MIT Researcher Develops Self-Propelling Fish Cage
A Massachusetts Institute of Technology researcher has developed a self-propelling underwater cage that may help offshore fish farms cut production costs and reduce environmental impact.
Cliff Goudey, director of MIT Sea Grant's Offshore Aquaculture Engineering Center in Cambridge, Mass., recently tested his technology at Snapperfarm, a cobia farm off Culebra, Puerto Rico, by fixing a pair of large, slow-turning propellers to 62-foot-diameter Aquapod fish cage. Attached to the propellers are 6.2-horsepower motors powered by a diesel generator.
Goudey says he was able to maneuver the cage as well as any boat-based system. Usually, offshore fish farms are repositioned by towboats.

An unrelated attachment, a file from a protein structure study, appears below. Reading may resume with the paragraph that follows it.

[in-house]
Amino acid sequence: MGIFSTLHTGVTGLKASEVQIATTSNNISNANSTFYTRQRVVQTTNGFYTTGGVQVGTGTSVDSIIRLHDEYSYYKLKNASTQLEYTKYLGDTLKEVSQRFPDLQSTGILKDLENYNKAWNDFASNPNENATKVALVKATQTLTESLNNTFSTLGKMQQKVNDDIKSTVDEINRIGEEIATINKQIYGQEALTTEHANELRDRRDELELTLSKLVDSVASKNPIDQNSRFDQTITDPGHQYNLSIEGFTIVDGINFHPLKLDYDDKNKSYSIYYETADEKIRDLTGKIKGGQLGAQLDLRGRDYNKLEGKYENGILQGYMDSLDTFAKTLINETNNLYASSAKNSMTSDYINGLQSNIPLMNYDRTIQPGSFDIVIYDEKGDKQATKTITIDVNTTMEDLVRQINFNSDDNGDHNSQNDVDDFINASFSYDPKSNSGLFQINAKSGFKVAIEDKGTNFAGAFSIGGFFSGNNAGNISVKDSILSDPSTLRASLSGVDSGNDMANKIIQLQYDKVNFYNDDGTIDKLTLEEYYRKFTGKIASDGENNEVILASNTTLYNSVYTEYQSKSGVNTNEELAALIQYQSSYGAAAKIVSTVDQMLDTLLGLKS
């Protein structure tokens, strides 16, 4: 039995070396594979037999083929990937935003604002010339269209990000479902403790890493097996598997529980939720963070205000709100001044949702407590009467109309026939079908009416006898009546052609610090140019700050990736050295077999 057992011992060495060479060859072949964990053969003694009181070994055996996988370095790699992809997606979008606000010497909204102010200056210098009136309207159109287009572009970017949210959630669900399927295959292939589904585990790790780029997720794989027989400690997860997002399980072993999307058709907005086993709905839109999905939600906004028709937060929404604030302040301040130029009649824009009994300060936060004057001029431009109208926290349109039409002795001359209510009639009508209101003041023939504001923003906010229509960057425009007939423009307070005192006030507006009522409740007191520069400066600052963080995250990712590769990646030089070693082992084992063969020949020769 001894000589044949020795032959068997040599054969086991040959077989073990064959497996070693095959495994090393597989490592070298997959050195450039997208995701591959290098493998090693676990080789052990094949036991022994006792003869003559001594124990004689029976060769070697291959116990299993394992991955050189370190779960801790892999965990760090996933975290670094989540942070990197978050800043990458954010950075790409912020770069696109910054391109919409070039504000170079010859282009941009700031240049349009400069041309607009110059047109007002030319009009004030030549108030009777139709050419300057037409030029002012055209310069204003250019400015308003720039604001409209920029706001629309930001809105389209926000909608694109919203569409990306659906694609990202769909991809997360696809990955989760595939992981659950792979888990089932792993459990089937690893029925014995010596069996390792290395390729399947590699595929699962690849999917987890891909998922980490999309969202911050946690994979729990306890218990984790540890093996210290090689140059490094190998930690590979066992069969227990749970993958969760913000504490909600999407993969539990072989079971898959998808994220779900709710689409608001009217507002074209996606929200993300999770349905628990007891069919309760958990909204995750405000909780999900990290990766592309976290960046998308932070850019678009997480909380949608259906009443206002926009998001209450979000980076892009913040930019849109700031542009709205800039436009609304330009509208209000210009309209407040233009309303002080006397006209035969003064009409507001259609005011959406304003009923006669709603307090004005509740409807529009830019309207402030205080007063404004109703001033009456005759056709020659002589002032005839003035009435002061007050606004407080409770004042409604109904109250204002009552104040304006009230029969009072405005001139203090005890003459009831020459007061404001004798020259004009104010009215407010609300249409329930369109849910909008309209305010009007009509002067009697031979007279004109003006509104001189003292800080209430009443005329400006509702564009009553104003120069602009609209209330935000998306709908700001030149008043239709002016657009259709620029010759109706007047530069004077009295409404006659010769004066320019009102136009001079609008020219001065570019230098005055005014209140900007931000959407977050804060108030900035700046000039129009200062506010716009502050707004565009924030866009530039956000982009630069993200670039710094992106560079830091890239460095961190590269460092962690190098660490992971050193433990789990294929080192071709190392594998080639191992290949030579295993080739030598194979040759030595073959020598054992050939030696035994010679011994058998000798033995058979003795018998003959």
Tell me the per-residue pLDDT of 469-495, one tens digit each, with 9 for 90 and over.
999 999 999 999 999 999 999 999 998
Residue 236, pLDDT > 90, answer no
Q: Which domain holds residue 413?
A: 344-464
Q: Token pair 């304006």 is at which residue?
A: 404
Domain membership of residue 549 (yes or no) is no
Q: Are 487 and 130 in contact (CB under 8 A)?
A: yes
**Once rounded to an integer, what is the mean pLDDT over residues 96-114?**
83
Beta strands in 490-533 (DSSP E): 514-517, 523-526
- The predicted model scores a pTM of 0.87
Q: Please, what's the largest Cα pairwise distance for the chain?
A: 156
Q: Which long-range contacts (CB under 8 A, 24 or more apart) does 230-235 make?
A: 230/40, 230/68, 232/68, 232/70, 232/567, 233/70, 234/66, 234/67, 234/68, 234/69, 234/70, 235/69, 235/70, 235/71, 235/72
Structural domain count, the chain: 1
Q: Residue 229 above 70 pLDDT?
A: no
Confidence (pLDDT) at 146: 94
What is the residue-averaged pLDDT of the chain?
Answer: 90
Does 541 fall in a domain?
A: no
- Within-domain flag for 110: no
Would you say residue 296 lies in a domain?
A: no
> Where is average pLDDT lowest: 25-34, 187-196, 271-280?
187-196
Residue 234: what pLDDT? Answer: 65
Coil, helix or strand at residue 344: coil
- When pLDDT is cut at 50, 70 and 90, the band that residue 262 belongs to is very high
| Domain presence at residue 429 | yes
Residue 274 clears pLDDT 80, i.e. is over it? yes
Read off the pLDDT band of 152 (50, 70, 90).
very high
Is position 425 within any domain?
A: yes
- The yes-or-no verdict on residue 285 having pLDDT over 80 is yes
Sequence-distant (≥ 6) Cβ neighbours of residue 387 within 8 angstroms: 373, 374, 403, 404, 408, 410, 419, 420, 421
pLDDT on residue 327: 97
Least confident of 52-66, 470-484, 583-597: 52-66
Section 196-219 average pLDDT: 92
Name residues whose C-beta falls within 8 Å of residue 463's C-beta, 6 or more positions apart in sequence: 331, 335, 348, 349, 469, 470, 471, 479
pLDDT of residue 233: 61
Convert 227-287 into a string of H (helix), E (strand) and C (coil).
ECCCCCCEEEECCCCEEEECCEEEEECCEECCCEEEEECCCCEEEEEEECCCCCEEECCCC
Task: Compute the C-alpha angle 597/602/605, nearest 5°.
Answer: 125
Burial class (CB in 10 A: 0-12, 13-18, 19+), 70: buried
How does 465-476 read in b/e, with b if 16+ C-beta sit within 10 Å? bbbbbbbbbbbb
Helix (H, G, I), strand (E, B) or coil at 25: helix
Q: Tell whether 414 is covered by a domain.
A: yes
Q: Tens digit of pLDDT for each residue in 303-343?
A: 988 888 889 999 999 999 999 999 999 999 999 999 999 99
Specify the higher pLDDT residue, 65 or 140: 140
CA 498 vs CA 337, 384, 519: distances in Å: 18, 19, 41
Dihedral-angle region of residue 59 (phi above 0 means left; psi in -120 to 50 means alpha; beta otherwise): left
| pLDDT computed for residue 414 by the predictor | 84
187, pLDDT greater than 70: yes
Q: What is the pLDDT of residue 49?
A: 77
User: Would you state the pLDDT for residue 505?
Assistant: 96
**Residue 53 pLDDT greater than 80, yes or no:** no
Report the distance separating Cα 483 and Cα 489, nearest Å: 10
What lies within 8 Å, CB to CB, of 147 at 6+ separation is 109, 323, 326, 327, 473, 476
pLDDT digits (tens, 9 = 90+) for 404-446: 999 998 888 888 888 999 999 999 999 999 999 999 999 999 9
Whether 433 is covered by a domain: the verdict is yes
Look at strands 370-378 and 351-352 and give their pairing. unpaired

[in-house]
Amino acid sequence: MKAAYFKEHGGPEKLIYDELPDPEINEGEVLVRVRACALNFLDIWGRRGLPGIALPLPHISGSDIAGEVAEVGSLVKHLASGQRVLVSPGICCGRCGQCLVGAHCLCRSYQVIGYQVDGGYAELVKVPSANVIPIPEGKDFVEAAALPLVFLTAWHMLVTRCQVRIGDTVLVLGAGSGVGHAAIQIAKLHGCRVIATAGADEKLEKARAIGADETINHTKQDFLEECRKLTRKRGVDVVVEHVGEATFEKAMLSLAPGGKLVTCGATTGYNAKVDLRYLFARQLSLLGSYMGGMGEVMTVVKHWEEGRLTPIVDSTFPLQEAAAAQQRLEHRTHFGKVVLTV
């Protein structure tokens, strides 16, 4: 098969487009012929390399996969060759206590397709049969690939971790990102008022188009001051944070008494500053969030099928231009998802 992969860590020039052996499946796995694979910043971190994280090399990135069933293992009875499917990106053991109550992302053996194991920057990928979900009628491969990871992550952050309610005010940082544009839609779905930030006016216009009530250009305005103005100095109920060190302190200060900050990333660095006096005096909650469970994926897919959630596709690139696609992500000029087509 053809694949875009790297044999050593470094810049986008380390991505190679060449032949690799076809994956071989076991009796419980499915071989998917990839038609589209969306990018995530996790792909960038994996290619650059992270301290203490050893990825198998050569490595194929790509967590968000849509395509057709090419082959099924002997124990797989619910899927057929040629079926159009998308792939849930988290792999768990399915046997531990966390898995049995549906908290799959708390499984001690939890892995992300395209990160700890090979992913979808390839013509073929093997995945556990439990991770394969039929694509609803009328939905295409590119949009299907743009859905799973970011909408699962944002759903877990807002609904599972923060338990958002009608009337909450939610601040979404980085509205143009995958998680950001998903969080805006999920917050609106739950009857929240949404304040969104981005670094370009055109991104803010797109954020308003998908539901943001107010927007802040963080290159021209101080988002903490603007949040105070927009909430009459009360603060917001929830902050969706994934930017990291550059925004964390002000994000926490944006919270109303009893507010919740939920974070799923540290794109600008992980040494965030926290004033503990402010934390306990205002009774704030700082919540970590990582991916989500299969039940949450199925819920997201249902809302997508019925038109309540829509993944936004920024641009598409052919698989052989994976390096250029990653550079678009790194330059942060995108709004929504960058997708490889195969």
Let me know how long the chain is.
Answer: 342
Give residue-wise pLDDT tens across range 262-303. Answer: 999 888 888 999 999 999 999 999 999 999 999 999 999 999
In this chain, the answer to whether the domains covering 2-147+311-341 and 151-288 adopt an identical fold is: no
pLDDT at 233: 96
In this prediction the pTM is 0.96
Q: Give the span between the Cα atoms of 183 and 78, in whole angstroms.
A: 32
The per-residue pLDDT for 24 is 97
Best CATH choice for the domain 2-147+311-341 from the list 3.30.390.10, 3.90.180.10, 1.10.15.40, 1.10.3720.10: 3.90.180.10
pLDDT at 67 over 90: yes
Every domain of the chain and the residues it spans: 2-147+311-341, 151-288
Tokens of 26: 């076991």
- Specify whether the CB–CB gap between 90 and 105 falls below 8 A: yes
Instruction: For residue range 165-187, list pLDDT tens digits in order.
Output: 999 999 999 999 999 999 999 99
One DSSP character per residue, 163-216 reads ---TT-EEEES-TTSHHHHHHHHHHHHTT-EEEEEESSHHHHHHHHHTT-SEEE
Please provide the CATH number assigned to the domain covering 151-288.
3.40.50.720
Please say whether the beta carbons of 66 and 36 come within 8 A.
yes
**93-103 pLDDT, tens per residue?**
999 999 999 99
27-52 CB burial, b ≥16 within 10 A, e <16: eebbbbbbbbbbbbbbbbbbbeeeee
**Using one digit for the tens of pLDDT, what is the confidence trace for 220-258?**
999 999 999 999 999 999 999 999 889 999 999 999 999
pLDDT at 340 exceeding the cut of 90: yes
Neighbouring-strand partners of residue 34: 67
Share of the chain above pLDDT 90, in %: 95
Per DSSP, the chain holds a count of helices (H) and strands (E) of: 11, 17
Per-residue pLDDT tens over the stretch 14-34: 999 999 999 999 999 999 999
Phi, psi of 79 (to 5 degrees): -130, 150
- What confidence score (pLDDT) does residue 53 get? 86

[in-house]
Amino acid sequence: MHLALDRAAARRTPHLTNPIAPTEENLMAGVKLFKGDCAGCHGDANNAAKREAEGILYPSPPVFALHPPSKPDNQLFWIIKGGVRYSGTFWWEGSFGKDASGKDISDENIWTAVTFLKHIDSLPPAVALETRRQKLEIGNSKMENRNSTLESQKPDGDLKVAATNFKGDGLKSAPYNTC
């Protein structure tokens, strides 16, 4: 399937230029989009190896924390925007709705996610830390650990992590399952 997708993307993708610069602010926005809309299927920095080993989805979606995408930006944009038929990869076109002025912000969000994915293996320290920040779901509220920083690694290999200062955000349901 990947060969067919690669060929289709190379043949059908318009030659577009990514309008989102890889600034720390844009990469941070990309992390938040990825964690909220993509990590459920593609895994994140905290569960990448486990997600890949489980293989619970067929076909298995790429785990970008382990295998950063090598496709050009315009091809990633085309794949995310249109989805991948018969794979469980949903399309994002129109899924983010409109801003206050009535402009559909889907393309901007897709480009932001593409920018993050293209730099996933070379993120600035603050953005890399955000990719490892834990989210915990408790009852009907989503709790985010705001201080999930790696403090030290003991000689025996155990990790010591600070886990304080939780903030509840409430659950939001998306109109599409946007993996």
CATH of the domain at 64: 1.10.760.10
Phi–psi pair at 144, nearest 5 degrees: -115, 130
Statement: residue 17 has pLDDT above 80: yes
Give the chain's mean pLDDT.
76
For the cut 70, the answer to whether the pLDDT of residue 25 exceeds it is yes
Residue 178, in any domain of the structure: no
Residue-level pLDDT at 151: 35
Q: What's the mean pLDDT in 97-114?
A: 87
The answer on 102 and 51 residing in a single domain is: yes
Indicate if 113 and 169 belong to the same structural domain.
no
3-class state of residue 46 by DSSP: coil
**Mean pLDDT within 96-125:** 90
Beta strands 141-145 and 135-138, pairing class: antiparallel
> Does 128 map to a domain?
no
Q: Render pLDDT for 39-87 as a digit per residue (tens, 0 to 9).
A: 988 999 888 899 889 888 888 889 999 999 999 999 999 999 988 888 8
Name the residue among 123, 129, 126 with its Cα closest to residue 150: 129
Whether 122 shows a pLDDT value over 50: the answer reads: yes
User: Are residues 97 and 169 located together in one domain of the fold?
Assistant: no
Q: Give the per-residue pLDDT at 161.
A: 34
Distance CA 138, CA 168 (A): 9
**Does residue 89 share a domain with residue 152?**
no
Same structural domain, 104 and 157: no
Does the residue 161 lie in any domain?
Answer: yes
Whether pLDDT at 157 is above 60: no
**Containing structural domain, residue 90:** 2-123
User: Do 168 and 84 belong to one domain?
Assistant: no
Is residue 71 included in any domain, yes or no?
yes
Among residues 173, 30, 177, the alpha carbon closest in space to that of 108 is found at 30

"These tests demonstrate that the concept of mobile cage operations is technically feasible," he says.
The propellers can also be used to supplement water flow through the cage, boosting oxygen levels and possibly allowing fish farms to increase stocking densities.
The project was funded by the National Oceanic and Atmospheric Administration's Marine Aquaculture Program.
"I was incredibly impressed with the power and efficiency of the [propellers] and Cliff's ability to steer the cage," says Snapperfarm Founder Brian O'Hanlon. "I see this technology having a broad range of applications in mariculture and other marine industries. This futuristic concept of farming the high seas just came one step closer to reality."
"My opinion of the [propellers] is very high," adds Steve Page, CEO of Ocean Farm Technologies, which developed the Aquapod. "I want to consider using them to help with future installations. There is also a growing demand for self-propelled harvest pens that may be a great market for this technology."